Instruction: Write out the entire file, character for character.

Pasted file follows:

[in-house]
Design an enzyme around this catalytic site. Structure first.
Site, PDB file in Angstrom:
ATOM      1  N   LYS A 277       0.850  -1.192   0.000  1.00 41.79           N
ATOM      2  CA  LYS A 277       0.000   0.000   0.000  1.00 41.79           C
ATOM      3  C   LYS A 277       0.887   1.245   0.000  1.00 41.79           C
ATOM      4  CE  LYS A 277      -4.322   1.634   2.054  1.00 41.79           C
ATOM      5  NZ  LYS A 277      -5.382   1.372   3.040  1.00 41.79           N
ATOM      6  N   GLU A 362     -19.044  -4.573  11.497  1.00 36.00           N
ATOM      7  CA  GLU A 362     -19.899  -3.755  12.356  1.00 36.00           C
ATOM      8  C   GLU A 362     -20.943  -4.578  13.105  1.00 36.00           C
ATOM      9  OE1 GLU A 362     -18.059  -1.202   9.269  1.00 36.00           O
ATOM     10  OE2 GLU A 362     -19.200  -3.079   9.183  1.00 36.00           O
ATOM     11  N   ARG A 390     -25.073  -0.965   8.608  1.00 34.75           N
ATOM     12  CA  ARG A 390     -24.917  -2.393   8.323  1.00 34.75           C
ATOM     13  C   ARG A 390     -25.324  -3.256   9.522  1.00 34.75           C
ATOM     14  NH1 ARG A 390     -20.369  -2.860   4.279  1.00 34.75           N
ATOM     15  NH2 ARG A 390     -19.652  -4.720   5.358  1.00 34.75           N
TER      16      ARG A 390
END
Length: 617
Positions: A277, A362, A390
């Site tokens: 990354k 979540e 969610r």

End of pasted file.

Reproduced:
[in-house]
Design an enzyme around this catalytic site. Structure first.
Site, PDB file in Angstrom:
ATOM      1  N   LYS A 277       0.850  -1.192   0.000  1.00 41.79           N
ATOM      2  CA  LYS A 277       0.000   0.000   0.000  1.00 41.79           C
ATOM      3  C   LYS A 277       0.887   1.245   0.000  1.00 41.79           C
ATOM      4  CE  LYS A 277      -4.322   1.634   2.054  1.00 41.79           C
ATOM      5  NZ  LYS A 277      -5.382   1.372   3.040  1.00 41.79           N
ATOM      6  N   GLU A 362     -19.044  -4.573  11.497  1.00 36.00           N
ATOM      7  CA  GLU A 362     -19.899  -3.755  12.356  1.00 36.00           C
ATOM      8  C   GLU A 362     -20.943  -4.578  13.105  1.00 36.00           C
ATOM      9  OE1 GLU A 362     -18.059  -1.202   9.269  1.00 36.00           O
ATOM     10  OE2 GLU A 362     -19.200  -3.079   9.183  1.00 36.00           O
ATOM     11  N   ARG A 390     -25.073  -0.965   8.608  1.00 34.75           N
ATOM     12  CA  ARG A 390     -24.917  -2.393   8.323  1.00 34.75           C
ATOM     13  C   ARG A 390     -25.324  -3.256   9.522  1.00 34.75           C
ATOM     14  NH1 ARG A 390     -20.369  -2.860   4.279  1.00 34.75           N
ATOM     15  NH2 ARG A 390     -19.652  -4.720   5.358  1.00 34.75           N
TER      16      ARG A 390
END
Length: 617
Positions: A277, A362, A390
């Site tokens: 990354k 979540e 969610r």